Addressing vaccine hesitancy in developing countries: Survey and experimental evidence

    Research output: Contribution to journalArticle

    Abstract

    Vaccine hesitancy is proving to be a significant impediment to COVID-19 vaccination campaigns in some developing countries. This study focuses on vaccine hesitancy and means of reducing it. Data come from a large, representative phone survey and online randomized survey experiment, both run in Papua New Guinea, a developing country with low vaccination rates. Less than 20% of relevant respondents to the phone survey were willing to be vaccinated, primarily because of fear of side effects and low trust in the vaccine. Although vaccine hesitancy was high in the online experiment, participants who received a message emphasizing that the vaccine was safe and COVID-19 dangerous were 68% more likely to state they planned to be vaccinated than those in the control group. A message appealing to social norms was also effective in reducing vaccine hesitancy, although its efficacy was limited to certain types of people.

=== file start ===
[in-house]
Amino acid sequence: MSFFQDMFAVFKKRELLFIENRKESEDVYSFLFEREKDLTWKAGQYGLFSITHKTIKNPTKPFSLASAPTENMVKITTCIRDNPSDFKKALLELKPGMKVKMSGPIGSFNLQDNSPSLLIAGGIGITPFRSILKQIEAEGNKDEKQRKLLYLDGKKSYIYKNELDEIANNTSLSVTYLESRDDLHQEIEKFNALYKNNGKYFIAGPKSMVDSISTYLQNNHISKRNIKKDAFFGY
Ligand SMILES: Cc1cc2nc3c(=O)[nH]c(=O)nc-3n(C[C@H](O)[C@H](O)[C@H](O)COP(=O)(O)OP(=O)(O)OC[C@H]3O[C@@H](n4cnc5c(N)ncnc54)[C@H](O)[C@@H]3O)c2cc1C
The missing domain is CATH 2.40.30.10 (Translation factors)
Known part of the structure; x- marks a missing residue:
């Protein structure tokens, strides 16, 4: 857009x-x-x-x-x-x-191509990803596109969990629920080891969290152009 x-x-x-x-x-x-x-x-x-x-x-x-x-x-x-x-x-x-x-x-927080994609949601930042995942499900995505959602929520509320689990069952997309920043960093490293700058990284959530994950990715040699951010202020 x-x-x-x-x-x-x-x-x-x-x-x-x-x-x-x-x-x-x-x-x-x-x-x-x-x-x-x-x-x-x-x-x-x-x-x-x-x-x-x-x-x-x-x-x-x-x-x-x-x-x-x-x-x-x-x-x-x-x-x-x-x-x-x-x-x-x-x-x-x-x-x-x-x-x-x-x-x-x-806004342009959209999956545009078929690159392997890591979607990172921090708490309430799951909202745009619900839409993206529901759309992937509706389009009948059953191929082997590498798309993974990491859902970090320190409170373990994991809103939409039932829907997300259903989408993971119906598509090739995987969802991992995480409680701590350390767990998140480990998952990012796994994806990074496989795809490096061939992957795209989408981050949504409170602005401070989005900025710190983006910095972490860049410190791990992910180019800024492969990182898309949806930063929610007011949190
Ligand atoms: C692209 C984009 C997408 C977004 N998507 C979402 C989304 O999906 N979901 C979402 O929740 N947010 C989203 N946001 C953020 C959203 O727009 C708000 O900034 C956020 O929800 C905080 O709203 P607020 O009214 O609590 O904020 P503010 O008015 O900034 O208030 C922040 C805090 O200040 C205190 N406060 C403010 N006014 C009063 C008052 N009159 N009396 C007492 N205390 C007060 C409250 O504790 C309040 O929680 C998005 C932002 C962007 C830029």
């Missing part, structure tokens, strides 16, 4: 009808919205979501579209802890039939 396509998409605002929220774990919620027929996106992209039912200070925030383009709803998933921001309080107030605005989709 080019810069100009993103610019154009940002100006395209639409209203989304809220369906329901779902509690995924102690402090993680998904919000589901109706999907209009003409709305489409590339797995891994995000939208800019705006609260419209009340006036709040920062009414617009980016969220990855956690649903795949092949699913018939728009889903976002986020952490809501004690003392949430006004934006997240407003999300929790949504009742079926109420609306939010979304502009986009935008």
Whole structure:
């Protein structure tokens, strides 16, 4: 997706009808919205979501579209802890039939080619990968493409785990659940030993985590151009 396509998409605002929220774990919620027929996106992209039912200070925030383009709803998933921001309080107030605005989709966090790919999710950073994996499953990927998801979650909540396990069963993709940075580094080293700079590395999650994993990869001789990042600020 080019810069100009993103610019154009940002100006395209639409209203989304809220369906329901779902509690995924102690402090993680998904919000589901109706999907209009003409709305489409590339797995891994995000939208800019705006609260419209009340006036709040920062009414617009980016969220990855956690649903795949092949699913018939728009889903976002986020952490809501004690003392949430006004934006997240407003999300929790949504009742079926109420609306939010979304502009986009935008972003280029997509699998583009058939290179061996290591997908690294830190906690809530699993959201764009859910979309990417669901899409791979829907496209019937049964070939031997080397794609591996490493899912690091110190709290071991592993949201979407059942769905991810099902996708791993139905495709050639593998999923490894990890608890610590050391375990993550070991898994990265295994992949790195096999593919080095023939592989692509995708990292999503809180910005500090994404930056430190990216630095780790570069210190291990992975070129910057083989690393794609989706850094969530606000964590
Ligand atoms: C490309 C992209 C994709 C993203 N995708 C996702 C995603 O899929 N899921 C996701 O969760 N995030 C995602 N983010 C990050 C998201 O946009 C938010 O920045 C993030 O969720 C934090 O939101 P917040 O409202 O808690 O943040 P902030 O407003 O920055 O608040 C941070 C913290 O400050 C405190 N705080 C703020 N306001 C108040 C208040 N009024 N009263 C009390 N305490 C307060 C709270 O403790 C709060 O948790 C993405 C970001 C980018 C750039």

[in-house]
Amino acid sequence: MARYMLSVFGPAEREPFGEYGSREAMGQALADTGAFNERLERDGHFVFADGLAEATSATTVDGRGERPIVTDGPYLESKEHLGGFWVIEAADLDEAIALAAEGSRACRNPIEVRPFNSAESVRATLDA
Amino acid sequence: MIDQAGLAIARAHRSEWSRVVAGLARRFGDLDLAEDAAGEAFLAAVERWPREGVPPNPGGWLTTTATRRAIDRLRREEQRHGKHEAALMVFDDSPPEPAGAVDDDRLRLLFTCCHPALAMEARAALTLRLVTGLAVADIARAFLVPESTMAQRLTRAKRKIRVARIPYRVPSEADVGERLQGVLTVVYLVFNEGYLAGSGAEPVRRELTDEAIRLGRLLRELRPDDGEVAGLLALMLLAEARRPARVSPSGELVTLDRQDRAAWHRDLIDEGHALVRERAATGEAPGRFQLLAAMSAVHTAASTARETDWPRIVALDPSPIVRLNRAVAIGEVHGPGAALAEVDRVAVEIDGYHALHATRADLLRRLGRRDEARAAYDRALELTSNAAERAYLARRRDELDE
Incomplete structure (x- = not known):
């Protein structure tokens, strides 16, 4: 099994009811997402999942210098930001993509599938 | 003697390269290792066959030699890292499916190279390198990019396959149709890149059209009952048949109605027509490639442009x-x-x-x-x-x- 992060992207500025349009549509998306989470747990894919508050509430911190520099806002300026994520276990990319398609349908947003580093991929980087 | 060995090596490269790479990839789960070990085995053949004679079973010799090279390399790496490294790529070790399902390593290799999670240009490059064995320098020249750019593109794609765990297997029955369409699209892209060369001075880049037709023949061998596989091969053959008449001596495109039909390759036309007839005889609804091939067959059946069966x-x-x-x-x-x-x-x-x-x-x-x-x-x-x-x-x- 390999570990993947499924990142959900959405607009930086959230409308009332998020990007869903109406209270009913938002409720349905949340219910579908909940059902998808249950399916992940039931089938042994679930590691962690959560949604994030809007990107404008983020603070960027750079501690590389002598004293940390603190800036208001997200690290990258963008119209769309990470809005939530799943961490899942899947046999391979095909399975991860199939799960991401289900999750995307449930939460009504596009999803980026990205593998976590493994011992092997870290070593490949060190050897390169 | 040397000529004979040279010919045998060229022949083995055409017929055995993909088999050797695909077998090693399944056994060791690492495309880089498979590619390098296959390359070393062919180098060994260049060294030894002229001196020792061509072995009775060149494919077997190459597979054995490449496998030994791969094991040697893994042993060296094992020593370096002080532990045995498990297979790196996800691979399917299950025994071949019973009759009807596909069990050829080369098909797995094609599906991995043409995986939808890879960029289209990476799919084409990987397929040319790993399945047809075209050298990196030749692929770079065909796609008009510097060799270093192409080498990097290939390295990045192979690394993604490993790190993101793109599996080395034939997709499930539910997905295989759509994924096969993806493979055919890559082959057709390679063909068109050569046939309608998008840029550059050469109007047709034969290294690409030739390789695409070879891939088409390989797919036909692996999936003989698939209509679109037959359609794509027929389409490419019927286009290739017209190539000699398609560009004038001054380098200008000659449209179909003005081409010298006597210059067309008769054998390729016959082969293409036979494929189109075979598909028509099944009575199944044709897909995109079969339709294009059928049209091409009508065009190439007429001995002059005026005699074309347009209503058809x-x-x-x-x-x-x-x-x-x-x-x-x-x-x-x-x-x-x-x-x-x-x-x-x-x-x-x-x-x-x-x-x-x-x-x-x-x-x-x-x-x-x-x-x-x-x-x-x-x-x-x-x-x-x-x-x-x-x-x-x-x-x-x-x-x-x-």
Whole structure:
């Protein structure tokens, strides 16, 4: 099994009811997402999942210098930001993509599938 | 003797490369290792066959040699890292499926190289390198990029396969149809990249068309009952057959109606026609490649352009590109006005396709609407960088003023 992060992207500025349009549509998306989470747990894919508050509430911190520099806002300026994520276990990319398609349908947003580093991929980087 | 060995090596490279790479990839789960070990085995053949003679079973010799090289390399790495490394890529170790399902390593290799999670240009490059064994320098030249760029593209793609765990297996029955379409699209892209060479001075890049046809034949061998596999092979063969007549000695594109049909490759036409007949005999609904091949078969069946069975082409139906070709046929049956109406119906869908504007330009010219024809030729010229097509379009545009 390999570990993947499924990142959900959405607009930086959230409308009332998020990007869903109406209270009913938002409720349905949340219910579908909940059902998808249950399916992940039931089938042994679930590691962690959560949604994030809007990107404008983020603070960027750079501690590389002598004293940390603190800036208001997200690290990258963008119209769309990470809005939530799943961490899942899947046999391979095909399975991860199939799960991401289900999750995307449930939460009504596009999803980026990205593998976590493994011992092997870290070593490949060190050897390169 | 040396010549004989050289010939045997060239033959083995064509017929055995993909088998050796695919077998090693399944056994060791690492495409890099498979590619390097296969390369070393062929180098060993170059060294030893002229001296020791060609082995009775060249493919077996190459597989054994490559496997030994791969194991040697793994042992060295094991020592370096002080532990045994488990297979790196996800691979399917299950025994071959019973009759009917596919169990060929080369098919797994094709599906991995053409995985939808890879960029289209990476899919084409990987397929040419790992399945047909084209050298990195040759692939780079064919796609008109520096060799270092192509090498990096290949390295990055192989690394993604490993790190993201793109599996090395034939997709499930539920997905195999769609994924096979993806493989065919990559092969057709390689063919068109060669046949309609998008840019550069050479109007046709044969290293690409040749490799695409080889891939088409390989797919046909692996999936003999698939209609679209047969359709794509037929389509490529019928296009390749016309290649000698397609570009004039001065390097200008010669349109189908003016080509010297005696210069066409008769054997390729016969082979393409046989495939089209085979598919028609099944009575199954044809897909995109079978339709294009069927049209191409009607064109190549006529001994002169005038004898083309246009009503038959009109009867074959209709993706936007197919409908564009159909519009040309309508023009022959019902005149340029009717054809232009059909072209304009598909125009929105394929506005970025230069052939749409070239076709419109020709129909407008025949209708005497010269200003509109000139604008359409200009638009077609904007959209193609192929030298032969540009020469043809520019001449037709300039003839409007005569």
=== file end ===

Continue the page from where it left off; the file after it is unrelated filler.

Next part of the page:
Original languageEnglish
    JournalPLOS ONE (Public Library of Science)
    VolumeONLINE
    Issue numberONLINE
    DOIs
    Publication statusPublished - 2022

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